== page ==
Earlier this year, Facebook came under fire for sharing heaps of data for over 87 million users with Cambridge Analytica. As if the company wasn't already having a tough time regaining the trust of its user base, Facebook's now announced that information for around 30 million people was exposed during an attack it shut down in September.
Here's everything you need to know.
Between July 2017 and September 2018, attackers accessed Facebook and created a security vulnerability that allowed them to retrieve access tokens to take over people's accounts.
Facebook says it noticed "an unusual spike of activity" on September 14, and on September 25, determined that it was being attacked.
Within two days, we closed the vulnerability, stopped the attack, and secured people's accounts by restoring the access tokens for people who were potentially exposed.
Facebook originally estimated that up to 50 million users had their information exposed, but that number has since dropped down to around 30 million. Of that number, 15 million users had their name and contact info (phone number and/or email) compromised while another 14 million lost that and their gender, Facebook username, location, language, relationship status, hometown, religion, current area of residence, birthdate, devices used to access Facebook, work, education, and more.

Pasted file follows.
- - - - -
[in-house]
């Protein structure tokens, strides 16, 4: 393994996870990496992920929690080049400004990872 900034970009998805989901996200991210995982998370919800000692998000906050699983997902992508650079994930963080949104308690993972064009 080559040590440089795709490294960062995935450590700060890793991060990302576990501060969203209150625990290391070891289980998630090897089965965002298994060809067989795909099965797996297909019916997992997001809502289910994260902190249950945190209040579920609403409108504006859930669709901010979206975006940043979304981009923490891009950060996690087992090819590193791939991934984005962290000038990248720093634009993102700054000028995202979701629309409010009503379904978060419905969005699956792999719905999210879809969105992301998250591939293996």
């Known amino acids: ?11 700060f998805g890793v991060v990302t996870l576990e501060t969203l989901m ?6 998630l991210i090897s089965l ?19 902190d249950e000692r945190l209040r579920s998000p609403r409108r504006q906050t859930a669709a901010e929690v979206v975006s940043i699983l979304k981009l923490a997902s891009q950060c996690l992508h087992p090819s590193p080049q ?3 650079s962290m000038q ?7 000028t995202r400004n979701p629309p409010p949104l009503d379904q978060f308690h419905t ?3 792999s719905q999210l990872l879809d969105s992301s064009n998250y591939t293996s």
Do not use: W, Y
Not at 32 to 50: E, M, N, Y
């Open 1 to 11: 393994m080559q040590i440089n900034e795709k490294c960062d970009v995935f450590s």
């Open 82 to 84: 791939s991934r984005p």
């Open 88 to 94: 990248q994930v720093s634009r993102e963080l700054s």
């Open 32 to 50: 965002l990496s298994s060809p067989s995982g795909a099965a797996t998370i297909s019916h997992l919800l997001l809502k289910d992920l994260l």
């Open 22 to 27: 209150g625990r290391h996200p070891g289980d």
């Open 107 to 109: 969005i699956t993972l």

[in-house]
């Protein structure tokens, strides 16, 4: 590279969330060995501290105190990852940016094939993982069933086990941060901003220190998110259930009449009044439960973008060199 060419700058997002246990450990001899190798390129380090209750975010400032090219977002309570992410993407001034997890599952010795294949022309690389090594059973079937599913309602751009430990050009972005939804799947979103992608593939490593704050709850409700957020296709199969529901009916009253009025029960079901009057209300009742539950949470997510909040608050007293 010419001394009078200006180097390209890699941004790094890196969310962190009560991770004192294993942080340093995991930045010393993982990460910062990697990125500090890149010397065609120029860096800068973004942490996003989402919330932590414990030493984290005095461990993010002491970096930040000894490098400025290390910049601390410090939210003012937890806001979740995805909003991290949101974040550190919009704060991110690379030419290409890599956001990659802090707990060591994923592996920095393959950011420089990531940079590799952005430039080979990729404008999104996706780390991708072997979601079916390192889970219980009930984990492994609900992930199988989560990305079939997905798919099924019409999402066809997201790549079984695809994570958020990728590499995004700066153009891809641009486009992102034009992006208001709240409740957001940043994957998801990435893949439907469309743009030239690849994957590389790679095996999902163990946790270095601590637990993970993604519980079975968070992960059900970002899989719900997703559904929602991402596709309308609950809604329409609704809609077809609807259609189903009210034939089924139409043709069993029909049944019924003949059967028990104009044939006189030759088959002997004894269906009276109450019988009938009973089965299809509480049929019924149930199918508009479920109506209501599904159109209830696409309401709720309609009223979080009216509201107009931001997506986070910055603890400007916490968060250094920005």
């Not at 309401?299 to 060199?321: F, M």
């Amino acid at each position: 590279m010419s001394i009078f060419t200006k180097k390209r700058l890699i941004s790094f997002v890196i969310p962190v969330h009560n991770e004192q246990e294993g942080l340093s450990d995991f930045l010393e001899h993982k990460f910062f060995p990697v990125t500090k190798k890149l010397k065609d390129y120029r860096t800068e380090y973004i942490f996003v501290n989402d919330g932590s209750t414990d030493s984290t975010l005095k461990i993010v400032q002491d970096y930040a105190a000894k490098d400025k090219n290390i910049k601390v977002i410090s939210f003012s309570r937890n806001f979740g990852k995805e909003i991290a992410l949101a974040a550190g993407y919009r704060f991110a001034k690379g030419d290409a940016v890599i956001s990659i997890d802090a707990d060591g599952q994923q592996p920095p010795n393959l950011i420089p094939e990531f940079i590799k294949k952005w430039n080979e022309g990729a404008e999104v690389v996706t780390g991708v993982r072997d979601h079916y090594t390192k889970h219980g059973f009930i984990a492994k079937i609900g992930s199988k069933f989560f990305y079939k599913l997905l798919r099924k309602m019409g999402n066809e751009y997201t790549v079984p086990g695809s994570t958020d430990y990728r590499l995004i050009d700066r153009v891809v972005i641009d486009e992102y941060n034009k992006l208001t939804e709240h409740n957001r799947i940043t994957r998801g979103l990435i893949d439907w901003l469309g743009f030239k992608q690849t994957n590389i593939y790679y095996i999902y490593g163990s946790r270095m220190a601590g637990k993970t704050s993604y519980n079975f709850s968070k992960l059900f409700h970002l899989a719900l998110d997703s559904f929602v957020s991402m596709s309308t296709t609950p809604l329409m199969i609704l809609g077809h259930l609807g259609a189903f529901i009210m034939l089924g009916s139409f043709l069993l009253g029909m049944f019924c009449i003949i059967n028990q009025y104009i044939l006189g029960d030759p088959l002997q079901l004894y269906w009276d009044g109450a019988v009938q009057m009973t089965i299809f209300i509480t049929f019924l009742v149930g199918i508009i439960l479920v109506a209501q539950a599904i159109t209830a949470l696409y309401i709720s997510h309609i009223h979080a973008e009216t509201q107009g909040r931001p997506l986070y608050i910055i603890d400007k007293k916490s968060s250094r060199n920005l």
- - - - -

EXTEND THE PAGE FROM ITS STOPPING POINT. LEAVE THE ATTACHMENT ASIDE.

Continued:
For the remaining 1 million, Facebook says that no information was compromised.
This attack did not affect Facebook Messenger, Messenger Kids, Instagram, WhatsApp, Oculus, Workplace, Pages, payments, any third-party apps, or developer/advertising accounts.
What's Facebook doing?
Facebook is working with the FBI to determine exactly how this happened, and per the official press release, the FBI's asked Facebook "not to discuss who may be behind the attack."
The 30 million affected users will see customized messages on the Facebook app and website to let them know what info of theirs was stolen, and the company's Help Center has also been updated with new information about the attack.
What can you do to protect yourself?
Facebook says it'll be reaching out to users to tell them what next steps they should take, but as always with these attacks, there are a few things you can do right now to ensure you're taking the right steps.
For starters, it's never a bad idea to reset your password when something like this happens. Also, if you're still not using a password manager or two-factor authentication, now's a good time to change that.
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